Return to Tourist Destination. Is it Reputation, After All?
AbstractIn this paper the hypothesis that repeated purchases in the tourism markets could be considered as a consequence of asymmetrical information problems is studied. This hypothesis is analysed with the case study of the island of Tenerife using the estimation of a count data model. It was found that the length of the stay and the information obtained from previous visits and/or relatives and friends might increase the return to a destination suggesting the presence of a reputation mechanism as proposed by Shapiro (1983). The determinants of the willingness to return were also estimated, confirming the main results.
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- Francisco Ledesma & Manuel Navarro & Jorge Perez-Rodriguez, 2005. "Return to tourist destination. Is it reputation, after all?," Applied Economics, Taylor & Francis Journals, Taylor & Francis Journals, vol. 37(18), pages 2055-2065.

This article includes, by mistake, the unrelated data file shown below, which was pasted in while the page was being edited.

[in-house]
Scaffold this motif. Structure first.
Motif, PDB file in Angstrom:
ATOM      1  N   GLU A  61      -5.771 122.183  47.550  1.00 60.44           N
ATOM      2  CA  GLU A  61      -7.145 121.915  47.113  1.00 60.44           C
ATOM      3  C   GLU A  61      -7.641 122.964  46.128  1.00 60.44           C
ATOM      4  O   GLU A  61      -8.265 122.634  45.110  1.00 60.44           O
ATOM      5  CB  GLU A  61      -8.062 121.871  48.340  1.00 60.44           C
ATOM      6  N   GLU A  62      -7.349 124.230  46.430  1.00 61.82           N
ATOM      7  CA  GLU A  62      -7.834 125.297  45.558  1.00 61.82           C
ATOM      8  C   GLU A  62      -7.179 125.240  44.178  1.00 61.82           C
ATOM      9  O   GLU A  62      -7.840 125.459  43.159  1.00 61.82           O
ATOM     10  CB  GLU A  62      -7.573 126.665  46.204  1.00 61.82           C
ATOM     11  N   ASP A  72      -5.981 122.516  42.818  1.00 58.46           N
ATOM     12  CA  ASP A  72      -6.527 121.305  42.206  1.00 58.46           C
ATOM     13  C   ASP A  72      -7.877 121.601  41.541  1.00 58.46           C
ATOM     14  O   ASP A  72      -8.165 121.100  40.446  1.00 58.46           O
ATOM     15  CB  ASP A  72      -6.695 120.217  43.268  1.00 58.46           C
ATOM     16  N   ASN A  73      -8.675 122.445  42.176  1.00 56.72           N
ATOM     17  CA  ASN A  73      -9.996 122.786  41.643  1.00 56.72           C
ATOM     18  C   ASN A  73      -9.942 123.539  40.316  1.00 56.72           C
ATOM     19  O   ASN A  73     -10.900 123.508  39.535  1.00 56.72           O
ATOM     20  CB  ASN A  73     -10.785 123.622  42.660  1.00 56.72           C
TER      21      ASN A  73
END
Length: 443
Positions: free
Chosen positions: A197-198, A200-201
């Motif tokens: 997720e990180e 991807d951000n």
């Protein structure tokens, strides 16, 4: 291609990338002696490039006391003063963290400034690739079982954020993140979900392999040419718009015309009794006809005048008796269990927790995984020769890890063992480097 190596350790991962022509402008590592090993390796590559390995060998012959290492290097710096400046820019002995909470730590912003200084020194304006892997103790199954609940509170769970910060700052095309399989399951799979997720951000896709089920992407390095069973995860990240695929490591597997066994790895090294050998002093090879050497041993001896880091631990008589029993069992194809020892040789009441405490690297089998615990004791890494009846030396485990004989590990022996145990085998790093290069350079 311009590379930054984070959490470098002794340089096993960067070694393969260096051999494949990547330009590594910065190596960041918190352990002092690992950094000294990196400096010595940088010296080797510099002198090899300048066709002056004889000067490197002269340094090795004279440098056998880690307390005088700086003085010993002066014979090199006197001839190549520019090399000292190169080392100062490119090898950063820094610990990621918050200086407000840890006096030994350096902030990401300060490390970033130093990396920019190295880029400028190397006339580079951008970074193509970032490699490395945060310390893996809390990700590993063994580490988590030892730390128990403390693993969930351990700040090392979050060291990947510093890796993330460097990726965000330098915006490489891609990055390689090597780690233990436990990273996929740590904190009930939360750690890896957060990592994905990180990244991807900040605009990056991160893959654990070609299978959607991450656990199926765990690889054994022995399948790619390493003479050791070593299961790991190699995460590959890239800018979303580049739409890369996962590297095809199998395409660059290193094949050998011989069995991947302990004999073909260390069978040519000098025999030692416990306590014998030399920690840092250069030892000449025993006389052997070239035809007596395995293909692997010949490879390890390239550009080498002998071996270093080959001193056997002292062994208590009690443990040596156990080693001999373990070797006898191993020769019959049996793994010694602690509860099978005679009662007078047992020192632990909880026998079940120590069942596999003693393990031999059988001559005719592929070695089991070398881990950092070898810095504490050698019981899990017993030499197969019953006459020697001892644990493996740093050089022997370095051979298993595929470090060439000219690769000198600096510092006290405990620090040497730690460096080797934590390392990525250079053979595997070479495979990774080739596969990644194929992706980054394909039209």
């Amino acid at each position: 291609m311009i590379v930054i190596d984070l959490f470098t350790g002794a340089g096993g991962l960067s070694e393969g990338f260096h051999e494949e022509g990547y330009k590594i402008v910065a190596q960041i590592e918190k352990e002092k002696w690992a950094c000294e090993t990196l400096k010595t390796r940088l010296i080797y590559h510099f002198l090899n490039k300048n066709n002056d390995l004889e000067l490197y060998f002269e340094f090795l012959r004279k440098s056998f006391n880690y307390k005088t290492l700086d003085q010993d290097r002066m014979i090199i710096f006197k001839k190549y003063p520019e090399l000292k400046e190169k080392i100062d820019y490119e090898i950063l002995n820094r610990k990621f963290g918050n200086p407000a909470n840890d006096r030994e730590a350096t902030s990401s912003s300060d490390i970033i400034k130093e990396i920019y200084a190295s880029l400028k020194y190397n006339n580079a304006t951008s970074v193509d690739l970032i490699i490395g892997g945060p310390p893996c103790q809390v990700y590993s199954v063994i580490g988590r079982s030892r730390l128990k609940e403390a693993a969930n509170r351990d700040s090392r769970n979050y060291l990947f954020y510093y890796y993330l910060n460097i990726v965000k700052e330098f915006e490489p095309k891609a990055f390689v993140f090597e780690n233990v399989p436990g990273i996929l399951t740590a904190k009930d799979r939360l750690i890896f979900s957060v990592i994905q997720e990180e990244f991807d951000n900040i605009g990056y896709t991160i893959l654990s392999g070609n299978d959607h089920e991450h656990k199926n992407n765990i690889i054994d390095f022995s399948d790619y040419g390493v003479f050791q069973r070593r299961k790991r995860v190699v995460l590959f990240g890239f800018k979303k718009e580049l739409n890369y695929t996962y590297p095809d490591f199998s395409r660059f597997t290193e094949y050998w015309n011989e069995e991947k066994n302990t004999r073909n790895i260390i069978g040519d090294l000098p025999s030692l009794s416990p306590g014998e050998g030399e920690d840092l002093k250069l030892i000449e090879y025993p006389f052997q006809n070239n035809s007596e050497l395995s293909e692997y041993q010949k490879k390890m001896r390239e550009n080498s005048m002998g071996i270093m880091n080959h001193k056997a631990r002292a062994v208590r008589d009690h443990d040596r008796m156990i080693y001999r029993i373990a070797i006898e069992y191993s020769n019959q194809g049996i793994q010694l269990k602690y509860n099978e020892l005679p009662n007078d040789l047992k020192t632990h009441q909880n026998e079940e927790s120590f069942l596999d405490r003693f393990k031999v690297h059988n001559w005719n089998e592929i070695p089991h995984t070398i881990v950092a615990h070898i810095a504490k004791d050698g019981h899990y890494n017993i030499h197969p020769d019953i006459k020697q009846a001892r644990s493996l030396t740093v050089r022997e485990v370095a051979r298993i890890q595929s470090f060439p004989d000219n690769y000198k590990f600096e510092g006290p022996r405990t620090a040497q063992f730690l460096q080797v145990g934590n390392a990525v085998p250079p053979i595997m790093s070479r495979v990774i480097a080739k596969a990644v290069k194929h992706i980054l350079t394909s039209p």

- Francisco J. Ledesma & Manuel Navarro & Jorge V., 2003. "Return to Tourist Destination. Is it Reputation, After All?," Working Papers, AsociaciÃ³n EspaÃ±ola de EconomÃa y Finanzas Internacionales 03-01, Asociación Española de Economía y Finanzas Internacionales.
- F14 - International Economics - - Trade - - - Empirical Studies of Trade
This paper has been announced in the following NEP Reports:
- NEP-ALL-2004-06-07 (All new papers)
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